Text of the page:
First Ever Spokespebble And Effort Launched To Help Keep People Safe And Respectful When Visiting New Mexico’s National Conservation Lands

Durango, CO – A public service campaign launched today with the goal of spreading the word about safe and respectful use of America’s National Conservation Lands. The “Respect. Connect. Protect.” campaign introduces Spokespebble – in what is believed to be the first ever such character in marketing history – as its adorable yet earnest voice on these three themes.

Through a series of endearing videos and social content, the campaign – and Spokespebble – seek to help visitors to National Conservation Lands understand how to experience these remote, vast, rugged, and sensitive landscapes safely, respectfully, and responsibly.

The national campaign is sponsored by the Conservation Lands Foundation, in collaboration with the Bureau of Land Management’s Las Cruces District Office, Friends of Organ Mountains-Desert Peaks National Monument, and partners including Leave No Trace, and Tread Lightly.

“More people are visiting Organ Mountains-Desert Peaks National Monument and other National Conservation Lands in New Mexico, which are more remote and rugged than national parks,” said Romir Lahiri, New Mexico Associate Program Director for the Conservation Lands Foundation.

“We’re hoping this campaign empowers visitors with practical tips on how to stay safe, understand Indigenous cultural connections, protect the natural beauty, and act respectfully and responsibly. For example, during summer months, morning hikes should be done by 11AM or visitors should plan on hiking higher elevation trails.”

The campaign encourages the public to find resources at

Spokespebble is a nature-loving hunk of million-year-old sedimentary rock who is always young at heart, on the go, and your guide to planning ahead, staying safe, and being awesome whenever you visit National Conservation Lands.

“We are excited to be a partner in this campaign as we welcome and help manage the impact of more visitors to public lands we manage in New Mexico,” said McKinney Briske, BLM New Mexico National Conservation Lands Program Lead.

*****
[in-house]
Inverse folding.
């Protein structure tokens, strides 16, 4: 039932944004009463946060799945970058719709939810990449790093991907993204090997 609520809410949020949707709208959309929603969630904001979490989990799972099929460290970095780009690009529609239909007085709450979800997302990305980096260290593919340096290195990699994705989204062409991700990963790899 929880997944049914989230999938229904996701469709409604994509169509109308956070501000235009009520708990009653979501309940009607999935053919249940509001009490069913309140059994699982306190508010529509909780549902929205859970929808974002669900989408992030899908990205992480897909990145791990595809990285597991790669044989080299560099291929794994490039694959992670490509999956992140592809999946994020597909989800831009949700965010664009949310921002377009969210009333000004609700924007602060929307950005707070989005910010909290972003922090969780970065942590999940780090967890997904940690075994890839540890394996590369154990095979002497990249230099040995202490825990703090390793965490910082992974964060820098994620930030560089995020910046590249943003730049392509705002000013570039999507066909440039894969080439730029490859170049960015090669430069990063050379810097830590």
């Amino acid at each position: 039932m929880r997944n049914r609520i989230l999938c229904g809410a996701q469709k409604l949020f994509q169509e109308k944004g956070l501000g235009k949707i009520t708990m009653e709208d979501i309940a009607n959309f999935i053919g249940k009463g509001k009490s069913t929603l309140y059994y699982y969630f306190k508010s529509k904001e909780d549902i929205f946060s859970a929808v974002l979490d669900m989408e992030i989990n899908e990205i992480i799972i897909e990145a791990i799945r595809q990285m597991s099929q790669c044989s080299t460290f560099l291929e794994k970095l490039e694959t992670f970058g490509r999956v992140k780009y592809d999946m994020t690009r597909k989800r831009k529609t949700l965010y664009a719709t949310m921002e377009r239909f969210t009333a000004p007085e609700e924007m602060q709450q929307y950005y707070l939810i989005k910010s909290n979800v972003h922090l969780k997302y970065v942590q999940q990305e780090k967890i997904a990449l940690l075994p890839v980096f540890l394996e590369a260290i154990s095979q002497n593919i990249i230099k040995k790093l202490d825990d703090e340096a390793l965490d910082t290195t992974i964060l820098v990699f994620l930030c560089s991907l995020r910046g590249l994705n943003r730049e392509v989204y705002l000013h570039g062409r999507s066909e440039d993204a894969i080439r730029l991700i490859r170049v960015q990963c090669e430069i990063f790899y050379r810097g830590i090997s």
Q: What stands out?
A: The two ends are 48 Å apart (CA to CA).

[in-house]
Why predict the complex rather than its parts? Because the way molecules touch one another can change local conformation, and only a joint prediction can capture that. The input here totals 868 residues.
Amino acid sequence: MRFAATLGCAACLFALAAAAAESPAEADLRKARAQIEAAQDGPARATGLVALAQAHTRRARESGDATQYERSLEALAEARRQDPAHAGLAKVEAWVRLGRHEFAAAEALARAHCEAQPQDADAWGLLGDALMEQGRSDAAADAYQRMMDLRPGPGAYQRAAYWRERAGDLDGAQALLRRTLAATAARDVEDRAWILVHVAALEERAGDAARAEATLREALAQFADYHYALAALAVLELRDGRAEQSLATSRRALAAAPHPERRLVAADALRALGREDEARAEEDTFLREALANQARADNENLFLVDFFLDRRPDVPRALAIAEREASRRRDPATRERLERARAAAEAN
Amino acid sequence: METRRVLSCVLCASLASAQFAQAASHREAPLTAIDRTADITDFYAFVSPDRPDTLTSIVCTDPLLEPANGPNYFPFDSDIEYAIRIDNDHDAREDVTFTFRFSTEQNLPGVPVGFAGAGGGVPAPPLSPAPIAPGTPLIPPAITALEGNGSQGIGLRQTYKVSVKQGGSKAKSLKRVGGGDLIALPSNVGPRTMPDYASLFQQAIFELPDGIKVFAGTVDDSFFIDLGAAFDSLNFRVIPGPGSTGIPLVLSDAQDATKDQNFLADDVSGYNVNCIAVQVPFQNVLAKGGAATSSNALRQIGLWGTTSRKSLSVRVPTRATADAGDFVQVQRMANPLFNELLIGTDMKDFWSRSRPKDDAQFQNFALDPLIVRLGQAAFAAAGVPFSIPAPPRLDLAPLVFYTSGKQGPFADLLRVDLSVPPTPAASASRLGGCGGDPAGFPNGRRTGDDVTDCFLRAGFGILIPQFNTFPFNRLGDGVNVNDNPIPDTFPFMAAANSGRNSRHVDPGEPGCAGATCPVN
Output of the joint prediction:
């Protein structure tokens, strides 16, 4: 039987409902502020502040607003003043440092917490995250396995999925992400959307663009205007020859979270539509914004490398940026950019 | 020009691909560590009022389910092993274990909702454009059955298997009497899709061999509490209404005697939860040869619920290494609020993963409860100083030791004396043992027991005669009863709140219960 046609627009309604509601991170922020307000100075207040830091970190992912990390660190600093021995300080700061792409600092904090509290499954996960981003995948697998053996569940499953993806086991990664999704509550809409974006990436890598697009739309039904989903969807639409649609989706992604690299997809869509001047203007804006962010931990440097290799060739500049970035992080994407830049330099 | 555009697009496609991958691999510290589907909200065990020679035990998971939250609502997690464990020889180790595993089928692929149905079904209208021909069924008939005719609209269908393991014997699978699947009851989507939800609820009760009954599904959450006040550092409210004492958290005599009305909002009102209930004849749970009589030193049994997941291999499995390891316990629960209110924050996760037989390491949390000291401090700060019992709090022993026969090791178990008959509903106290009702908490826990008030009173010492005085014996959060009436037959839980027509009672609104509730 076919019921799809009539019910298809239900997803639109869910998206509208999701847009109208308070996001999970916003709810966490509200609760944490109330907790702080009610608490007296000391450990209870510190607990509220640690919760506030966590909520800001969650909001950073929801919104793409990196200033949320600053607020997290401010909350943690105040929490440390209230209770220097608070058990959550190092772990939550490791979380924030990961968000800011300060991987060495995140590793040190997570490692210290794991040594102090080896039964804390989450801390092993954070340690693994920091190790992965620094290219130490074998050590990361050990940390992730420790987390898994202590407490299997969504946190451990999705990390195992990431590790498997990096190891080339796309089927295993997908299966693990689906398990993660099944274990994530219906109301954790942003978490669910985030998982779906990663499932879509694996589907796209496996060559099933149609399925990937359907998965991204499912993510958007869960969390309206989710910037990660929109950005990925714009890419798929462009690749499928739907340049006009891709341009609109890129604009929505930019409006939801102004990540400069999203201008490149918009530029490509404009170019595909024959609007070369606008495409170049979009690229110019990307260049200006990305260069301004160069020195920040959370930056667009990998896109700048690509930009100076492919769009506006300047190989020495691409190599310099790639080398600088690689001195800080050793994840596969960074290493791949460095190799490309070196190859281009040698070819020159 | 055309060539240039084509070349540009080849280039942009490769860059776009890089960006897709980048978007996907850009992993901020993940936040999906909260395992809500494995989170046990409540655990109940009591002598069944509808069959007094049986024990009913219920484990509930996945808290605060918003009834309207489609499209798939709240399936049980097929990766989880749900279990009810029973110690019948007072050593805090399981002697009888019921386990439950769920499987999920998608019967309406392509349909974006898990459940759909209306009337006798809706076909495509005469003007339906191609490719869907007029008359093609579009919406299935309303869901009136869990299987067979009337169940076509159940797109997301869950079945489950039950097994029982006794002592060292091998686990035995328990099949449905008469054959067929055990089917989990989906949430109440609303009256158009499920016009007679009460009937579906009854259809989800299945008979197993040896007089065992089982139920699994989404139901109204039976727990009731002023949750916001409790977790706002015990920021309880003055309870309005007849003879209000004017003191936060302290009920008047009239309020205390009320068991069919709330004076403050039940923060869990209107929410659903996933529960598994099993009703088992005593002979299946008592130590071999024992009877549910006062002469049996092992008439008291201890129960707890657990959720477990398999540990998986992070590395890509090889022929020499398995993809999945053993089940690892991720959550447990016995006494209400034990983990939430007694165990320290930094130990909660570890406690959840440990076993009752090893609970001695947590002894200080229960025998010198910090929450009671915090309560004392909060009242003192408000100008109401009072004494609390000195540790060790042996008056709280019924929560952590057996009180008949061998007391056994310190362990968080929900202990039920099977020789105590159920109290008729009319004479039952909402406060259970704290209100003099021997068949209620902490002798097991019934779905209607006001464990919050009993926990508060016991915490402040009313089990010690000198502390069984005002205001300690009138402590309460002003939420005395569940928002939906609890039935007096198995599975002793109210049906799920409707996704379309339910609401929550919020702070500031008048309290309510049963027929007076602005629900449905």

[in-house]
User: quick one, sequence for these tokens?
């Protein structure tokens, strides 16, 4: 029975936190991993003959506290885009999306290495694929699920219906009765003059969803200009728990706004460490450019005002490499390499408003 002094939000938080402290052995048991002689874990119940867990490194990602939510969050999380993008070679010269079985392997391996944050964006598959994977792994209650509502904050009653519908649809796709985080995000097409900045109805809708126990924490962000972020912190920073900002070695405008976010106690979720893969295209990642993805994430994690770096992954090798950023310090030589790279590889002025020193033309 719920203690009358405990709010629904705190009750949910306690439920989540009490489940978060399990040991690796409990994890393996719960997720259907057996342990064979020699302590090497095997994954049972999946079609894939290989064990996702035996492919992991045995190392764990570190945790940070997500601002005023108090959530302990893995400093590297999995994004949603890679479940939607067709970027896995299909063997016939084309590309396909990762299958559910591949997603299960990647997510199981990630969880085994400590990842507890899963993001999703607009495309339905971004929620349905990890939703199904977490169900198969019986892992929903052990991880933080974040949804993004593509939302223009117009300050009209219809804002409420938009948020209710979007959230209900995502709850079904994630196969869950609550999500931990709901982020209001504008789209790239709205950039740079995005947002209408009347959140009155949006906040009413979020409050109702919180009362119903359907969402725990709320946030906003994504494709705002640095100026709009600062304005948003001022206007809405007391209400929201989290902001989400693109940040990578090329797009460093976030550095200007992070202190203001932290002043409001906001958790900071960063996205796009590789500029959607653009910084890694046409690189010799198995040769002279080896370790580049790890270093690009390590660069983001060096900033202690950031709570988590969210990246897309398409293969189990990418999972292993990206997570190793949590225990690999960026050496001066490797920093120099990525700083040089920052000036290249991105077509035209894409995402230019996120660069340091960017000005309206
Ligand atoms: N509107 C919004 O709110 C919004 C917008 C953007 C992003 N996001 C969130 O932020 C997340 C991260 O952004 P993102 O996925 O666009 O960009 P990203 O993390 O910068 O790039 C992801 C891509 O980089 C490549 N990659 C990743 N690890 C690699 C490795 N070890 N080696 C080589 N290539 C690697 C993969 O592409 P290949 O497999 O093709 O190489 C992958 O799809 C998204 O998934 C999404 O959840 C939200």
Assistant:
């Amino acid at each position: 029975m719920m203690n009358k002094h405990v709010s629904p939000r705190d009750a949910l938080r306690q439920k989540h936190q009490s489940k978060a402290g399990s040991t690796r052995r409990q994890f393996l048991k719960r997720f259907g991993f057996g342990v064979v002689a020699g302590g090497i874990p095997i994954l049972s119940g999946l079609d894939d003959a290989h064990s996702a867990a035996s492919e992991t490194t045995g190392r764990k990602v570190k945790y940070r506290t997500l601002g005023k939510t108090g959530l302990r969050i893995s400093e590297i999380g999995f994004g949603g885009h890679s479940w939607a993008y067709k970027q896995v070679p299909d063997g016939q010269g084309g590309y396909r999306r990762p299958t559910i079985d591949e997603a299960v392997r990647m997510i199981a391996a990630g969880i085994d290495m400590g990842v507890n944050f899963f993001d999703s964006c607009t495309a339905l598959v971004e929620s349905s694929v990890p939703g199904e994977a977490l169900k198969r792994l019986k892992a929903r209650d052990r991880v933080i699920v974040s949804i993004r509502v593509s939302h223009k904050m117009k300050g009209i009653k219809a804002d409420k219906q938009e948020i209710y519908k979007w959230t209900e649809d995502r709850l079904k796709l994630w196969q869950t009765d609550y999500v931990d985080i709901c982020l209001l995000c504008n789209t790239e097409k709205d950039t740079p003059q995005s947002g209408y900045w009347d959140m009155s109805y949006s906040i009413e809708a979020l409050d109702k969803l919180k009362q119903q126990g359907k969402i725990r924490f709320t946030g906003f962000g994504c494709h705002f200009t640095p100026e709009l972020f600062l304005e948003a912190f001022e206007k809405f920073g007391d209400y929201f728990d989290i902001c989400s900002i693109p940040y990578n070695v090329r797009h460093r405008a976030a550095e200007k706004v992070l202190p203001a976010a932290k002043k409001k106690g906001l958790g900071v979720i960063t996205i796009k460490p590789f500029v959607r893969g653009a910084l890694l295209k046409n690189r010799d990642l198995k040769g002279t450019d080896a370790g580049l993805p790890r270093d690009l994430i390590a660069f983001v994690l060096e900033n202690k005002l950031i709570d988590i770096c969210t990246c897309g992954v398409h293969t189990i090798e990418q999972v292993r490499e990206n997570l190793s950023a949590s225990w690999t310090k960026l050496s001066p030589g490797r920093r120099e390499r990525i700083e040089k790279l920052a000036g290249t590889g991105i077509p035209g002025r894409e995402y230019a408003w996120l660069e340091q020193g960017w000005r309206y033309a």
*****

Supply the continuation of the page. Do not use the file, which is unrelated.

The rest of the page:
“Visitors to New Mexico’s National Conservation Lands need to be aware that they likely won’t have cell coverage, water stations, or rangers. We want everyone to be prepared so they don’t get lost, stranded, or worse, and they know how to not damage essential wildlife habitats, Indigenous sacred sites, and water sources,” said Wight.

There is currently no other large-scale collaborative effort that addresses the safety and other considerations specific to National Conservation Lands. The Respect. Connect. Protect. campaign fills the void to address these issues and ensures that visitors are well-informed and well-prepared on their trips to these locations.

“The campaign is designed to speak to the next generation of visitors – and the message has never been more important. As strong as Smokey Bear, as wise as Woodsy Owl, Spokespebble is a voice for National Conservation Lands that require a little more planning and preparation to visit,” said Kris Deutschman, Senior Communications Director for the Conservation Lands Foundation.

Campaign Details

First Phase: Today’s launch is the first phase of what will eventually be rolled out to cover all recreation-accessible lands managed by the Bureau of Land Management. The first phase focuses on specific National Conservation Lands within five states:

  • New Mexico: Organ Mountains-Desert Peaks National Monument
  • California Desert: Santa Rosa & San Jacinto Mountains National Monument, Mojave Trails and Sand to Snow national monuments, and Amargosa Wild and Scenic River
  • Colorado: McInnis Canyon National Conservation Area, Dominguez-Escalante National Conservation Area, and Gunnison Gorge National Conservation Area
  • Nevada: Red Rock Canyon National Conservation Area, Black Rock Desert-High Rock Canyon Emigrant Trails National Conservation Area, and Basin and Range National Monument
  • Utah: Bears Ears National Monument and Moab (Canyon Country BLM Office)


  • Spokespebble is excited to get the word out – especially to Gen Z and Millennials who are passionate about protecting our natural resources and know how to influence the culture at large.
  • Over the next five weeks, the campaign will unveil a series of videos on social media platforms designed to reach as many people as possible and drive them to the practical resources available at